I can’t recall the first time I heard Driver’s Seat but, the song entered Billboard’s Hot 100 Chart on July 21, 1979. I was twelve and I was immediately hooked. It was released in 1978 but, took a while to gain any traction. It managed to get to #15 for a couple of weeks, sandwiched between Bad Case Of Loving You (Doctor, Doctor) by Robert Palmer and Born To Be Alive by Patrick Hernandez. It was the first track from Sniff ‘n’ The Tears debut album Fickle Heart and was the band’s only hit despite fifteen albums, spanning 1978 to 2020.
The history of this British rock band is a little sketchy. Colin Larkin, the British Editor-in-Chief of The Encyclopedia of Popular Music, stated in the 1997 edition that they “had been gigging in England as early as 1974” but, an Athens Calling interview in 2018 reflects 1972. A Jason Ankeny, writing for All Music, stated that lead singer/songwriter Paul Roberts dissolved the band after not being able to get a record deal. Drummer Luigi Salvoni talked Roberts into re-forming the band with Mick Dyche, Loz Netto, Chris Birkin and Alan Fealdman. Ankeny has the actual musician line-up all wrong in comparison to the official website. There is also no mention of Noel McCalla as backing vocals for the time period. The name of the band apparently came from their manager, as Roberts had hay fever and sniffed a lot.
The band is still active as of 2001 as a quartet, with Roberts & Salvoni still working together. ~Vic
Top of the Pops 1979 (Proper Line-Up)
Hanspostcard has a song draft challenge. This is my Round Two pick.
I grew up around lots of music. My dad had his tastes, my mom had hers and I got some exposure to my grandparents music, too. There was plenty of Elvis, Buddy Holly, Everly Brothers, Ricky Nelson, Gene Pitney, Chuck Berry, Johnny Cash, Johnny Horton, The Ventures, The Beach Boys, instrumental music (think Hugo Montenegro or Paul Mauriat), funny stuff like Ben Colder/Sheb Wooley, Ray Stevens or David Seville (my dad’s stuff), The Four Seasons, Motown, soul music, beach music (my mom’s stuff), big band music (my paternal grandparents) and, bluegrass, country and Latin/jazz (maternal grandparents). One song, in particular, that reminds me of my dad the most is Cathy’s Clown. When I was a kid, my dad liked to just get in the car, drive around and listen to the radio. It was, literally, No Particular Place To Go. When I became an adult, we’d still get in the car and cruise. He and I would sing Cathy’s Clown, together, with me taking Phil’s harmony. I still own my dad’s original 45. ~Vic
Written by Don, it was recorded in March and released in April 1960. It was recorded live, in a single take, with both brothers sharing a microphone. Floyd Cramer was on piano, Floyd Chance on bass and Buddy Harman on drums. An odd song, it has a chorus and bridges but, no verses. It was their first single for Warner Bros. It spent five weeks at #1 on Billboard’s Hot 100 chart, one week on the Billboard’s R&B chart and seven weeks at #1 on UK’s Singles chart. It was their biggest selling single and their last #1 after Wake Up Little Susie and All I Have to Do Is Dream.
The song is ranked at #150 Rolling Stone’s 500 Greatest Songs of All Time and it was added to the National Recording Registry of the Library of Congress in 2013. Covers have been done by Reba McEntire and Neil Sedaka (1983) with McEntire’s version reaching #1 on Billboard’s Hot Country Songs chart and Canada’s RPM Country Tracks chart in 1989. There is even a Jan and Dean version on Filet Of Soul Redux: The Rejected Master Recordings (2017).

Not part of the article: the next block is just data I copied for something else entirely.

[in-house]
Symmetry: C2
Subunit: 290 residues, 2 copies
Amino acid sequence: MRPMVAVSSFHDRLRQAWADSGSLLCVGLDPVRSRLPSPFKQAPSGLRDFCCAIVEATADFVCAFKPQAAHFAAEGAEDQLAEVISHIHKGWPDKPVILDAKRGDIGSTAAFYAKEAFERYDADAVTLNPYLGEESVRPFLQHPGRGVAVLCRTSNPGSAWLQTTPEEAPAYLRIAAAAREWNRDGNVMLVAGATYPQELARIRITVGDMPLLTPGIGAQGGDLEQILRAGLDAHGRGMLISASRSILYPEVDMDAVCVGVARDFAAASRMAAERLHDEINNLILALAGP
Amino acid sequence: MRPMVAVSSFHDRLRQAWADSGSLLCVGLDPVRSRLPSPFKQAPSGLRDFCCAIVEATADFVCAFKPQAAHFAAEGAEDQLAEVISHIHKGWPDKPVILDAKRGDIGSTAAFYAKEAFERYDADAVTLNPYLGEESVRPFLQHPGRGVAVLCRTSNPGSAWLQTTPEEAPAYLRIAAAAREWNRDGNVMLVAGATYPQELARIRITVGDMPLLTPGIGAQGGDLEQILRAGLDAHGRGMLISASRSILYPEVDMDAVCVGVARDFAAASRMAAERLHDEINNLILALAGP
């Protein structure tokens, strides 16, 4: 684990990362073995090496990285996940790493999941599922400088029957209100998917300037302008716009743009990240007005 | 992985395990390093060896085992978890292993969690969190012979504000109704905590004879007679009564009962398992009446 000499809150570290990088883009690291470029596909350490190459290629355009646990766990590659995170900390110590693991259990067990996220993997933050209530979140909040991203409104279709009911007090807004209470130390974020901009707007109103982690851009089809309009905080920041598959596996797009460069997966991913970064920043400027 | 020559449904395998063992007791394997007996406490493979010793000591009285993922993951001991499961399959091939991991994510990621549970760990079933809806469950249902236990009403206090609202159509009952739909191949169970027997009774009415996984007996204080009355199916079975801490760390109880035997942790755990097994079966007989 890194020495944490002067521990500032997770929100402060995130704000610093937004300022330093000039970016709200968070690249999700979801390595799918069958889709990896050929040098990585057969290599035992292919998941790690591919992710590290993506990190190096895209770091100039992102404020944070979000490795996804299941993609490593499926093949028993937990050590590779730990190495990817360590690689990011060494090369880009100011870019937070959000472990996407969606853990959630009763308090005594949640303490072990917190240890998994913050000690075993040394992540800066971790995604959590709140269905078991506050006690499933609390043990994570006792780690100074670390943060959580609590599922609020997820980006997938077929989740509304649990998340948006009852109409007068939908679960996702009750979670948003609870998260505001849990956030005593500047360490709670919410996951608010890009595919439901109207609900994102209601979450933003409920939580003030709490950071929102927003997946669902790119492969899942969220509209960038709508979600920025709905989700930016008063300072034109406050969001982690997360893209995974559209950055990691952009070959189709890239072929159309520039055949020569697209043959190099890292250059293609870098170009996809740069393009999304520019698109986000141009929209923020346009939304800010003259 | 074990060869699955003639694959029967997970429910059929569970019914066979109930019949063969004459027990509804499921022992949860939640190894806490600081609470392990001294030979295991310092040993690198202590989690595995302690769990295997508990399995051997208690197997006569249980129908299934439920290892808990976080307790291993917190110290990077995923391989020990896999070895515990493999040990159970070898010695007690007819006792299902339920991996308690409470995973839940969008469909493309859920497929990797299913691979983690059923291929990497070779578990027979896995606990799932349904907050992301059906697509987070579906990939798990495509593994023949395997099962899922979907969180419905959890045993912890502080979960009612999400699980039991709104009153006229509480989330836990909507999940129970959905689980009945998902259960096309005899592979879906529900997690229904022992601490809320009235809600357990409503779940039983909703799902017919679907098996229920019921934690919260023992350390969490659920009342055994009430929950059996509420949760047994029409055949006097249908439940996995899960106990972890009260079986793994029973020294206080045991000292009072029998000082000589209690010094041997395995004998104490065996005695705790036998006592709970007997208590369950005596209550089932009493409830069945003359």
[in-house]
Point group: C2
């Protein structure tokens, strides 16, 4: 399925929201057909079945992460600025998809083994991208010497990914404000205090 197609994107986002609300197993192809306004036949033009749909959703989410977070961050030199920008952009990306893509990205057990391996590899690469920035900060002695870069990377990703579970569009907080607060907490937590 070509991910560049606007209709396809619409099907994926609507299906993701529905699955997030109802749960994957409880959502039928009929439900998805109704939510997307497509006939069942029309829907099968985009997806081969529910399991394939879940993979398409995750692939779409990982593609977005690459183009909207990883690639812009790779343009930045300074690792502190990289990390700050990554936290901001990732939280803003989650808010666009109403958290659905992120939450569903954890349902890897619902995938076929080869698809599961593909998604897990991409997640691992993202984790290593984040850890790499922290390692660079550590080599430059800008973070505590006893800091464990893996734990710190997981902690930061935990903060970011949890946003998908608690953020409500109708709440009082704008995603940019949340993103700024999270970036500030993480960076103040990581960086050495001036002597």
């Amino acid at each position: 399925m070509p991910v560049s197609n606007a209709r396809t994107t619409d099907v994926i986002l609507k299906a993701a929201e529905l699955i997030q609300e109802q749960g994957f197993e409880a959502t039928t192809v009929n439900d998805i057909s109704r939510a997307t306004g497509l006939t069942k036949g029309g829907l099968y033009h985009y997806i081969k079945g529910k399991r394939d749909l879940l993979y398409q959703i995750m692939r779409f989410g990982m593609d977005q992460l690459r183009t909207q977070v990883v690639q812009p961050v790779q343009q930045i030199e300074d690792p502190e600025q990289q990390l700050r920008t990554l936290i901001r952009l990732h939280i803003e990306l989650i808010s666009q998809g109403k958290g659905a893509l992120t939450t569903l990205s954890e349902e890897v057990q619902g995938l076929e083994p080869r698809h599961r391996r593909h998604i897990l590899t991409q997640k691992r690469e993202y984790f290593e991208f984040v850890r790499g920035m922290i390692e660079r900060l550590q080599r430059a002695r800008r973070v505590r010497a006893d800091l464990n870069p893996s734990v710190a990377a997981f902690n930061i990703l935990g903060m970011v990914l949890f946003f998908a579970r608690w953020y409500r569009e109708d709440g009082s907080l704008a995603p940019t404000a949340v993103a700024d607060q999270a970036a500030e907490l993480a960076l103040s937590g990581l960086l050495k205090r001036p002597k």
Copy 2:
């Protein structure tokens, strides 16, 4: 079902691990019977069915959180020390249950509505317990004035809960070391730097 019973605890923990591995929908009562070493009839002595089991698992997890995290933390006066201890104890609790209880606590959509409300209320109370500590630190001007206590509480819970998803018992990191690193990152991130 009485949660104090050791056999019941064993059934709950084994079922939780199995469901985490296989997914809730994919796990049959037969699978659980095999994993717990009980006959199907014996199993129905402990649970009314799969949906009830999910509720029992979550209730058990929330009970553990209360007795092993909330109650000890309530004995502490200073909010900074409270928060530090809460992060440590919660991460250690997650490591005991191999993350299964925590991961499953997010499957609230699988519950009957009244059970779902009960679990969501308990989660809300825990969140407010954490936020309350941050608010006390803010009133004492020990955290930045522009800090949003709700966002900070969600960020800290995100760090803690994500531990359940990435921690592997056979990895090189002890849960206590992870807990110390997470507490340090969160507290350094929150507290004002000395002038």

“We owe those guys everything. They started it all.” ~Bob Dylan
Additional Reading & References:
The Everly Brothers: That Sibling Sound (BBC News/2014)
Cathy’s Clown ~ The Everly Brothers (Library of Congress/PDF)
Recording Cathy’s Clown (Steve Hoffman Music Forum)
Saturday Night Beech-Nut Show 1960
Changing things a bit. I’ve got Music Mondays and I’ve had Tune Tuesdays (I may return to that) that showcase music by release date, in five year increments (if I can). Early on, I listed number ones, only. There was also my jump into the 30-Day Song Challenge back in December 2018. Now, I’m stretching Saturday out a bit for some music, too…an idea I got from the Nostalgic Italian. I might even stretch it to Sunday, if I take a notion to. It just depends upon my mood. All blogs evolve and, I’m always looking for new and different things.
This is a song on my playlist on my phone. I have a lot of music on my phone…things that I love to hear when I go out for my afternoon and evening walks or, just sitting in my Adirondack chair, watching the sunset. ~Vic
From Mix Online:
Paich recalls writing Africa on his living room piano.
“Over many years, I had been taken by the UNICEF ads with the pictures of Africa and the starving children. I had always wanted to do something to connect with that and bring more attention to the continent. I wanted to go there, too, so, I sort of invented a song that put me in Africa. I was hearing the melody in my head and, I sat down and played the music in about 10 minutes. And, then, the chorus came out. I sang the chorus out as you hear it. It was like God channeling it. I thought, ‘I’m talented but, I’m not that talented. Something just happened here!'”
Paich, then, proceeded to work on the lyrics for another six months. He brought the skeleton to drummer Jeff Porcaro with the idea of having percussion being an integral part of the composition.
“Jeff got out African sticks with bottle caps that his dad (Joe Porcaro) and Emil Richards (both percussionists) used on National Geographic films. He brought in a marimba and a wooden xylophone kind of thing. This was pre-synthesizer. We didn’t have samples back then. You’re hearing bass marimba, that other instrument and you’re hearing, probably, one of the first loops that was ever done.”
Sadly, Jeff Porcaro passed away nearly ten years later.